University of Maine Cooperative Extension in Franklin County will have an open house, 3-6 p.m. Wednesday, June 19 to celebrate 100 years of service and programs. Livermore Falls Advertiser photo by Pam Harnden

FARMINGTON — University of Maine Cooperative Extension in Franklin County began in 1919. An open house 3–6 p.m. Wednesday, June 19 will celebrate the 100th anniversary.

Dave Fuller, Agriculture and Non-Timber Forest Products Professional for Extension in Franklin County said the celebration will be held at the Extension Office at 138 Pleasant Street and in the Meeting House Park nearby.

New Maine Extension Director Hannah Carter will be in attendance.

“We’re thrilled to have her on board, have her here,” Fuller said.

Fuller said Franklin County has kept very good records, unlike some offices. Members and names of Homemaker groups and 4-H clubs are available.

“Anyone can check to see who belonged to 4-H. Some of the 4-H clubs had interesting names,” Fuller said.

Staff and some of those from the Senior Companion program will be on hand to answer questions and share information.

“People with questions about whatever can get them answered. This is a celebration of Extension being here, but also recognition of what we do.

“We have a narrower focus now than in the past, but more in-depth than it was at one time,” Fuller said.

He said people looking for answers often find inaccurate information through online searches or they can’t find what they are looking for.

“The hallways in the office will be lined with educational displays. The Extension Homemakers are providing refreshments. There will be a raffle for the 4–H Scholarship Fund. It’s going to be a significant basket. It’s growing all the time,” he said.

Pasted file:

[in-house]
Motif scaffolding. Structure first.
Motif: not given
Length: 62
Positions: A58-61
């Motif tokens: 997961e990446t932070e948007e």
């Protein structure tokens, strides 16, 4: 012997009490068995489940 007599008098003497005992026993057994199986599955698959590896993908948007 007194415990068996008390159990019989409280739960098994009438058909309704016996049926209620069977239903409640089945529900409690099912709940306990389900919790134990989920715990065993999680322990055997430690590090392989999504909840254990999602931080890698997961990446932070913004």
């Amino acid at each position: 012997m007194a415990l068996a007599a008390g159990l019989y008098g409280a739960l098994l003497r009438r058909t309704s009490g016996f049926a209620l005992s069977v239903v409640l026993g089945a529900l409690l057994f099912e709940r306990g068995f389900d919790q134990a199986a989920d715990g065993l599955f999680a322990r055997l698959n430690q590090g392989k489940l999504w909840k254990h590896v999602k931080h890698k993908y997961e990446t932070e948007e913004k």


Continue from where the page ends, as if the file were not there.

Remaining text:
In the park, 4–H clubs will have displays and some animals to view. 4-H member Bradley Smith will have a Dutch Belted calf, one of his dairy project animals. The Rabbiter’s 4–H Club will have an Angora rabbit.

Judy Smith, Community Education Assistant said there are about a dozen 4–H clubs currently. Members can belong to general clubs or more specific ones such s the Franklin County 4–H Club. Members can participate in a variety of projects regardless of the club they belong to. Some of the newer projects include robotics and shooting sports.

Trophies and other things saved from 100 years of 4–H will be on display.

“We’re trying to get each club to have an educational display, project or informational ideas,” she said.

Lani Carlson, Maine AgrAbility Project will have show and tell technology gadgets and gizmos on display.

“They address back health, ergonomics. I’ll have cooling vests and hats to show,” she said.

Extension Administrative Specialist Tiffany Wing holds one of the posters created by former Extension Agent Dick Day. They will be on display during the June 19 open house in Farmington. Livermore Falls Advertiser photo by Pam Harnden

Administrative Specialist Tiffany Wing said to look for highlights from the history of the Franklin County office. Poster boards created by former Extension Agent Dick Day will be on display.

Co-coordinators of the Homemakers’ Garden Angel Project, Sue Gill and Linda Gramlich will be on hand. This project provides raised beds and window boxes that allow senior citizens and handicapped individuals to continue gardening.

The Smith–Lever Act, passed in 1914 established a partnership between universities and the United States Department of Agriculture. Information derived from research was and is used to help improve agricultural practices and other aspects of life, both in rural and non–rural areas.

The Maine Legislature passed an act establishing county extension on March 12, 1919.

For more information call 207-778-4650.

filed under: